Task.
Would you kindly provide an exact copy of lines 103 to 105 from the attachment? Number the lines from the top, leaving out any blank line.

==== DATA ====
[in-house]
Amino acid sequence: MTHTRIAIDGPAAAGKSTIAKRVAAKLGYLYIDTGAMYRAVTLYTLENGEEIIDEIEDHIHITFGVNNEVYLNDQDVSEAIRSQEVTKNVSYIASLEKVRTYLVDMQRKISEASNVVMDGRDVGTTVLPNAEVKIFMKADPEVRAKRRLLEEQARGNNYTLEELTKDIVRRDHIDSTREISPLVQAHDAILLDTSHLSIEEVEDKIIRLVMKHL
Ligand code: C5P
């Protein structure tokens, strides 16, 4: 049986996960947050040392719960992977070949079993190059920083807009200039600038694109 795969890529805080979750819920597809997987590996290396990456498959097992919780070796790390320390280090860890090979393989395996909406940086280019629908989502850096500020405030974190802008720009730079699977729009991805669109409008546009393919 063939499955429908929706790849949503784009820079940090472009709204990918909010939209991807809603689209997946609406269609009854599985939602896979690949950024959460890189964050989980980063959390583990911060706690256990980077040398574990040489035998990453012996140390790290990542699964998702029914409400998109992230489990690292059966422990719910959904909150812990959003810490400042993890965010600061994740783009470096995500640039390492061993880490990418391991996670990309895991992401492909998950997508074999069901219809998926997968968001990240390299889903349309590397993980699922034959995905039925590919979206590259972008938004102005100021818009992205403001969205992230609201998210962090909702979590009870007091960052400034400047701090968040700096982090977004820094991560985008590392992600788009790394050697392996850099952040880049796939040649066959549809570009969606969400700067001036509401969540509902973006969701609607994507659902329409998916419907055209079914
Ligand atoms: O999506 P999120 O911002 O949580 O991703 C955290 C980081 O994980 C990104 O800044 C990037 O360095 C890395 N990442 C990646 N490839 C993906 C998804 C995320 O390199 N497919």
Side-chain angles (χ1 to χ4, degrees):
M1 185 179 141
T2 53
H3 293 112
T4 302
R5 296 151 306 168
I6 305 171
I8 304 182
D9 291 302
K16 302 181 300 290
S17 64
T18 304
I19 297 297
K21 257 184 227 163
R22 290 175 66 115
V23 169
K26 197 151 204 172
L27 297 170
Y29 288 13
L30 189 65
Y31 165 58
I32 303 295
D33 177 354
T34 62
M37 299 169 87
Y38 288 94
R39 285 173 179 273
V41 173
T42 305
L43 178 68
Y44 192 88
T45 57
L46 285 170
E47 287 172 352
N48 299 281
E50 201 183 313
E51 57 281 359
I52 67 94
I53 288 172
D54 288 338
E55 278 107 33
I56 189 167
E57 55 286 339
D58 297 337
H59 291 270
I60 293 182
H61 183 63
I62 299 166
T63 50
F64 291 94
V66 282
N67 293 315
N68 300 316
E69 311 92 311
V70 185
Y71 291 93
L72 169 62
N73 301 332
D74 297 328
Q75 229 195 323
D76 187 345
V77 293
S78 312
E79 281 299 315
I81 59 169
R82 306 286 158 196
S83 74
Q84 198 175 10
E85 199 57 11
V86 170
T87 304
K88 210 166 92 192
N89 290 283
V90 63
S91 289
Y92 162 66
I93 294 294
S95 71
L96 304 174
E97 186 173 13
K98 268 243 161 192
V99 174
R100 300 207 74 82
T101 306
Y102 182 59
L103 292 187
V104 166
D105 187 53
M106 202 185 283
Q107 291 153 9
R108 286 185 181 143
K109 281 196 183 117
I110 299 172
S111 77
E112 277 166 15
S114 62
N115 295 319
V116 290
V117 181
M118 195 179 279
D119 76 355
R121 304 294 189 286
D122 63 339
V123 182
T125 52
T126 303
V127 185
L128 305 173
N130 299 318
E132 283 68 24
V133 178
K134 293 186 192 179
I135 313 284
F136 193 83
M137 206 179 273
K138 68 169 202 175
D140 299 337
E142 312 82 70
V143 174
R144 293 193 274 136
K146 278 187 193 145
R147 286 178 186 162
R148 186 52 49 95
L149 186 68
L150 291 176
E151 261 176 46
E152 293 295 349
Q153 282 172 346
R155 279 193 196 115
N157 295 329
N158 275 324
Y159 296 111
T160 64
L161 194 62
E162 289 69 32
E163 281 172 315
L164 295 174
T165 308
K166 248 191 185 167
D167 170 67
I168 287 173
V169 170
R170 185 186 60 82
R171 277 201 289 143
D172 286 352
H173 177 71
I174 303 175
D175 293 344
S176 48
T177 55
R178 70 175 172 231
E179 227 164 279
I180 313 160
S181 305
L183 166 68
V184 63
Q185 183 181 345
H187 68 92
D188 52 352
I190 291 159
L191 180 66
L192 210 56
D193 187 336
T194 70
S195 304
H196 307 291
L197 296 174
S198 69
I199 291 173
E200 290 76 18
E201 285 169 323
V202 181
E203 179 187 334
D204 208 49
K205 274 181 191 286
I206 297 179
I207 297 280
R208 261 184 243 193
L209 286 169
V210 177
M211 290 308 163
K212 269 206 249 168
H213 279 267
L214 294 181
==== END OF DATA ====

V116 290
V117 181
M118 195 179 279